Statistical analyses

Results are presented as a mean ± standard deviation. Data were analyzed using one-way analysis of variance followed by Tukey's multiple comparison test to identify differences among multiple groups. The unpaired t-test was performed to analyze differences between any two groups and a value of P < 0.05 was considered as statistically significant.


  Results Top


Metabolic parameters

There was no obvious difference in initial weight and plasma tHcy levels among the four groups. After 1 month feeding with the Met-rich diet, tHcy levels in rats in the 4% Met, 7% Met, and TGR+7% Met groups were obviously higher than that in the control group fed a standard diet (all P < 0.05). Moreover, tHcy levels in the 7% Met and TGR+7% Met groups were higher than that in the 4% Met group (both P < 0.05). In addition, final weights in the 4% Met, 7% Met, and TGR+7% Met groups were lower than that in the control group (all P < 0.05), and were lower in the 7% Met and TGR+7% Met groups than that in the 4% Met group. Interestingly, there were no differences in tHcy levels or final weights in the 7% Met and TGR+7% Met groups [Supplementary Table 2 [Additional file 2]]. Together, elevated tHcy levels demonstrated that the rat model for HHcy was successfully established through Met-rich diets, consistent with previous reports.[26],[27]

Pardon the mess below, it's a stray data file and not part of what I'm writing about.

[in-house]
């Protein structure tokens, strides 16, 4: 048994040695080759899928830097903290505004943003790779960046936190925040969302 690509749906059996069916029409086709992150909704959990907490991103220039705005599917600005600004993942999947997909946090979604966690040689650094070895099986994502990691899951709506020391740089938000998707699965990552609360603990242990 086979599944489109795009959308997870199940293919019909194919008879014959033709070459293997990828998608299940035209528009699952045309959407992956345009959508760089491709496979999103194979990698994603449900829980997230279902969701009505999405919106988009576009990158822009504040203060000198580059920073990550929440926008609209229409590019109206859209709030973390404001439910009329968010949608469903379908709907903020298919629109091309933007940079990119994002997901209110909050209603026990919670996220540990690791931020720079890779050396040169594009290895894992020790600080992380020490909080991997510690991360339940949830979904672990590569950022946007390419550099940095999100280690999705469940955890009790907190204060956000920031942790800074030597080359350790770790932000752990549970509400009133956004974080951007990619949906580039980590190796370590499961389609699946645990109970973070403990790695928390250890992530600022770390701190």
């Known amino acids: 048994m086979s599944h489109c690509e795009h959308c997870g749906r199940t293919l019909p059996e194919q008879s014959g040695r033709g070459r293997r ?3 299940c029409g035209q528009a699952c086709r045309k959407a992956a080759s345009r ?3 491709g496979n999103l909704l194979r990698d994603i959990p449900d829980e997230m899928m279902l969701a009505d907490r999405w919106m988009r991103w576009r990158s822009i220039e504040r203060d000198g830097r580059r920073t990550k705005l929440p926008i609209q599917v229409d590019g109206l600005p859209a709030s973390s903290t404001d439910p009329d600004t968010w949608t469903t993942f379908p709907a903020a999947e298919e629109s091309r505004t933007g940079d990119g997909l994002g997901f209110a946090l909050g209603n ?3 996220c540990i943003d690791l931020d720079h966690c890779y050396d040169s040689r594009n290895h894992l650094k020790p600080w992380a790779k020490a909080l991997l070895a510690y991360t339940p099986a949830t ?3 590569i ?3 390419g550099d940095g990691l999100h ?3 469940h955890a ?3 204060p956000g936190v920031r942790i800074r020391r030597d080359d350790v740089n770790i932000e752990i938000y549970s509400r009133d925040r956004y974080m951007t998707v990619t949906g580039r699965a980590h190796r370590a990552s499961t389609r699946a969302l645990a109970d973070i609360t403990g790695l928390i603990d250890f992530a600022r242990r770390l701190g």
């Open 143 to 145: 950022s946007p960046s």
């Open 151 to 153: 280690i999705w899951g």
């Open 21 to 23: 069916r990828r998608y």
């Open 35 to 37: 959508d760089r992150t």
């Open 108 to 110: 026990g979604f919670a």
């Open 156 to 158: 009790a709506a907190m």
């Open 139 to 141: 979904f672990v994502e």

hKLK1 inhibited erectile dysfunction induced by HHcy

Electrostimulation of the rat cavernous nerve with different voltages (2.5 V and 5 V) was performed to evaluate erectile function. Max ICP/MAP ratios in the 4% Met and 7% Met groups were sharply attenuated compared with that in the control group, and the value for the 7% Met group was also lower than for the 4% Met group (P < 0.05). However, erectile function was partly improved in the TGR+7% Met group, though it was still lower than that in the control group (P < 0.05). The ratios of AUC/MAP at the 2.5 V and 5 V in all four groups showed the same trends as did the max ICP/MAP values. In addition, there were no differences among the four groups in the MAP (P = 0.9763; [Figure 1]).